Best World Cup performance: First appearance

Portugal took the long route to qualify for their first Women’s World Cup. They came second in their qualifying group behind Germany, then won play-offs against Belgium and Iceland.

That set up an inter-confederation playoff in February against Cameroon, which Portugal won 2-1 thanks to a 94th-minute Carole Costa penalty.

Before that, Francisco Neto’s team went out of last year’s Euro without winning a game, but they did hold European champions England to a 0-0 draw away in a friendly earlier this month.

Being drawn in a group with the two finalists from the 2019 edition means it would be a big surprise if Portugal were to go beyond the first round.

GROUP F

FRANCE (FIFA ranking 5)

Coach: Herve Renard (FRA)

Star player: Kadidiatou Diani (unattached)

Best World Cup performance: Fourth place (2011)

France are in many ways the great underachievers of international women’s football. They have never won a major title and have made a nasty habit of falling short, going out of the last two World Cups in the quarter-finals and in the semi-finals of last year’s Euro.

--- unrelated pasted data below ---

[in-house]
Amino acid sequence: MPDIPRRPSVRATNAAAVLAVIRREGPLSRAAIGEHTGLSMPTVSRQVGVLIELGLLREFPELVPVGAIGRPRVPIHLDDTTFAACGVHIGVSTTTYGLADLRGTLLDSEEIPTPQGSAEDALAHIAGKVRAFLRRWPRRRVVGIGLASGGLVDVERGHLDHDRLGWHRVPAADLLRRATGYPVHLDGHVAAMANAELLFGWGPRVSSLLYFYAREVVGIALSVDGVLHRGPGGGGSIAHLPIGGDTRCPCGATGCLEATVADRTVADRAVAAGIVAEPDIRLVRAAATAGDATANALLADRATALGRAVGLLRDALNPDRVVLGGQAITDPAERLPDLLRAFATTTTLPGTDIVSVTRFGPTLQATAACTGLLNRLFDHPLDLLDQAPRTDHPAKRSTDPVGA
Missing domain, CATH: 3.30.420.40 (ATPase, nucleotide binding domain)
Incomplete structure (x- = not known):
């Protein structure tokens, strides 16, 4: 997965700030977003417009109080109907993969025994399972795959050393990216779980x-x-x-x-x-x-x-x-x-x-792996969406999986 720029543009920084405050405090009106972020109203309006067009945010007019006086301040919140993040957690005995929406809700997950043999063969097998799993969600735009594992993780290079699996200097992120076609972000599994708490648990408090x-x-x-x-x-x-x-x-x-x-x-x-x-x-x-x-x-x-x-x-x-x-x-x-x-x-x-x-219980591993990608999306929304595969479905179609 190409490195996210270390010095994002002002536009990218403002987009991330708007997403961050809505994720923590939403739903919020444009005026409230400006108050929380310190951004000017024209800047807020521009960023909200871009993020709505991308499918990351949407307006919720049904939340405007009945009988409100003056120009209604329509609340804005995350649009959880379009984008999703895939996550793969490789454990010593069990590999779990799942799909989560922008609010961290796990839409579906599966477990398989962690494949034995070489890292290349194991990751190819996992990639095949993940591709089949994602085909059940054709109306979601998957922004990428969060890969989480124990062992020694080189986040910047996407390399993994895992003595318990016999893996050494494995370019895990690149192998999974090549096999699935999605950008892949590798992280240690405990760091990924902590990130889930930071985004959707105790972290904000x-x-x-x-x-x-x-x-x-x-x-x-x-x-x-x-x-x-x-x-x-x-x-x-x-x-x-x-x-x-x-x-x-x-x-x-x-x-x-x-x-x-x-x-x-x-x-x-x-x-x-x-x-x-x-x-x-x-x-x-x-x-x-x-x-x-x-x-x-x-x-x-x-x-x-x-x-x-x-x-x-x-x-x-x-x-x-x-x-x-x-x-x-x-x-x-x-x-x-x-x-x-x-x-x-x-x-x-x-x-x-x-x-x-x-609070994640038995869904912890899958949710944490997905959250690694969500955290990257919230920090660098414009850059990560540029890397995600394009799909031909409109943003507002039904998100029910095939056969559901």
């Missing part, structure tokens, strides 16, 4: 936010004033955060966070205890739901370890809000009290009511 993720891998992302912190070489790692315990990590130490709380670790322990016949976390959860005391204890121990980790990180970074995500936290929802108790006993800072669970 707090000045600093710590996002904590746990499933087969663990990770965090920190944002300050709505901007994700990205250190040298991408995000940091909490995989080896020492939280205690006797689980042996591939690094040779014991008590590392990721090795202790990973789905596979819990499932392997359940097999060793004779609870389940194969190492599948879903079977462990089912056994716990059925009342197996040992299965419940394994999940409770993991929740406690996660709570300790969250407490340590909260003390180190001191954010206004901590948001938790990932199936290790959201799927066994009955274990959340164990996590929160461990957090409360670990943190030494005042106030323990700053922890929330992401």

Les Bleues are also recovering from a turbulent few months following the sacking of Corinne Diacre as coach in March.

Diacre was ditched after several leading players, including captain Wendie Renard and star forward Kadidiatou Diani, said they would no longer play under her.

She was replaced by Herve Renard, who led Saudi Arabia to a famous win over Lionel Messi’s Argentina at the men’s World Cup in Qatar.

The new coach’s task is complicated by injuries, with attacking stars Delphine Cascarino and Marie-Antoinette Katoto ruled out of the competition.

Nevertheless France have the quality to go far and the quarter-finals must be a minimum objective.

JAMAICA (FIFA ranking 43)

Coach: Lorne Donaldson (JAM)

Star player: Khadija Shaw (Manchester City/ENG)

Best World Cup performance: Group stage (2019)

Jamaica are back at the Women’s World Cup after losing all three group games on their debut in 2019. They qualified after finishing third at last year’s CONCACAF W Championship.

The Reggae Girlz will be doing very well to make it out of the group but they will at least hope to avoid losing every match this time.

In prolific Manchester City forward Khadija Shaw they have one of the very best in the business — she scored 20 goals in the English Women’s Super League in the season just finished.